Paloma Medina, a Science & Justice Training Program Graduate Fellow at SJRC, contributes to the field of population genetics with a distinctly feminist mindset.
By Bradley Jin, SJRC Communications Intern, UC Santa Cruz undergraduate in Sociology and Feminist Studies
Biology has been integral in the formation of what is ‘natural.’ Concepts of the natural have shaped many of our understandings of what is normal in terms of race, sexuality, and gender. The history of population genetics is not immune to the prejudices carried by the people who seek to understand population diversity. Moreover, genetic population studies have been used as justification to promote systems of inequality. To learn from and change this history, Paloma Medina, a Science & Justice Training Program Graduate Fellow at the Science & Justice Research Center, works with queer community members to inform the applications of her research in population genetics. She works in what is known as ‘queer ecology.’ Queer ecology has many definitions, but it can be loosely described as the interdisciplinary practice of biology that focuses on the gender and sexual diversity found in nature. Queer ecology is a way of practicing just and fair science.
Medina is inspired by the diversity she sees in nature and many biologists share her mindset. She leads a queer ecology research cluster reading group at the University of California, Santa Cruz. Here, graduate students meet to read about and discuss the variety of the natural world. “Biodiversity is almost sacred to biologists. When I tell them about sex and gender diversity in the natural world, they’re like ‘Yeah, that makes sense.’" In the Queer Ecology Research Cluster, Medina seeks to move beyond the critique of science and elevate the stories of queer animals, of which there are many.
For Medina, the side-blotched lizard is a striking example of biodiversity in the animal kingdom. Medina relates that “they have different coloration patterns on their neck that coincide with their lifestyle strategy.” Here, ‘lifestyle strategy’ is almost synonymous with gender expression. This pattern of coloration communicates the behavior of the individual lizards to others. Aggressive males are marked one way, non-aggressive males another. It forms a sort of ‘rock, paper, scissors’ style of dominance. This species, among others, challenges the concept of dichotomous, ‘biological and natural’ gender and sex. Animals like the side-blotched lizard inspire Medina to think of ‘queer’ animals as a reflection of the diversity of human identity.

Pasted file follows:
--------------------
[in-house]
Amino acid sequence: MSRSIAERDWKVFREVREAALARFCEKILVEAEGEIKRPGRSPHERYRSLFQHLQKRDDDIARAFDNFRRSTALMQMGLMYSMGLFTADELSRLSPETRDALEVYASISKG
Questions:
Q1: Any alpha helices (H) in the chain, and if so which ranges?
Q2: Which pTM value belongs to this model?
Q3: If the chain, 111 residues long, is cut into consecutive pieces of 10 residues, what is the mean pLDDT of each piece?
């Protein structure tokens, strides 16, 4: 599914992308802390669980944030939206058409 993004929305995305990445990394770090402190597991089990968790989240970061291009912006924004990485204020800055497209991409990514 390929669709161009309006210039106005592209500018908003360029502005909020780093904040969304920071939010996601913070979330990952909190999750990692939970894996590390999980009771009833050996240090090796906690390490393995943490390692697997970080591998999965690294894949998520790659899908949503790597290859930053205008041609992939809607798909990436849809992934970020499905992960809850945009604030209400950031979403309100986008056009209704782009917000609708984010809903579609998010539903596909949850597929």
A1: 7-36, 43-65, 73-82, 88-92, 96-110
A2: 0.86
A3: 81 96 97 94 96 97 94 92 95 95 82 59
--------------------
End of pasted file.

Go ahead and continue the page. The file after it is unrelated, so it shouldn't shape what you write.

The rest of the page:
Along with running the queer ecology reading group Medina has given presentations on biodiversity at the Brain Mind Consciousness Society at UCSC and at the Queer U conference at the University of British Columbia. Having given both lectures and workshops, she states, “I think students get more out of a workshop than a lecture because students can engage with other students and converse about ideas in a workshop setting. Of course the two styles are not mutually exclusive, but allowing the opportunity to talk about and relate to ideas is critical to learning and expanding.” In addition to workshops, Medina is working with the Youth Group of the Santa Cruz Diversity Center on an illustrated novel. The novel will tell the story of a clownfish who transitions from male to female when the matriarch of their colony leaves. She hopes this project will elevate the voices of queer and trans youth to a broader community.
Paloma Medina is a Science & Justice Training Program Graduate Fellow at the Science & Justice Research Center at the University of California, Santa Cruz. At the Center Medina strives not to practice science as justice, or justice as science, but instead view them as the same thing. For her, science is justice, and justice is science. Technology and science intersect with society to such a degree that they are inseparable.
UC Santa Cruz offers a wide range of courses across its many disciplines whose curriculum questions the relationships between science, society and justice. The below list of courses (undergraduate and graduate, face to face and online) are taught across all five academic divisions. To add your course: email us at scijust[at]ucsc.edu
ANTH 106 Primate Behavior and Ecology: The nature of primate social systems and social bonds is examined in the light of evolutionary and ecological concepts. Students cannot receive credit for this course and course 206. Prerequisite(s): course 1. V. Oelze
ANTH 110U Anthropology of Science: Examines science and technology through an anthropological lens, focusing on ethnographic studies of scientific practice and relations between science and society. We will look at studies theorizing core scientific elements, and focus on qualitative, empirically-based studies of scientific practice.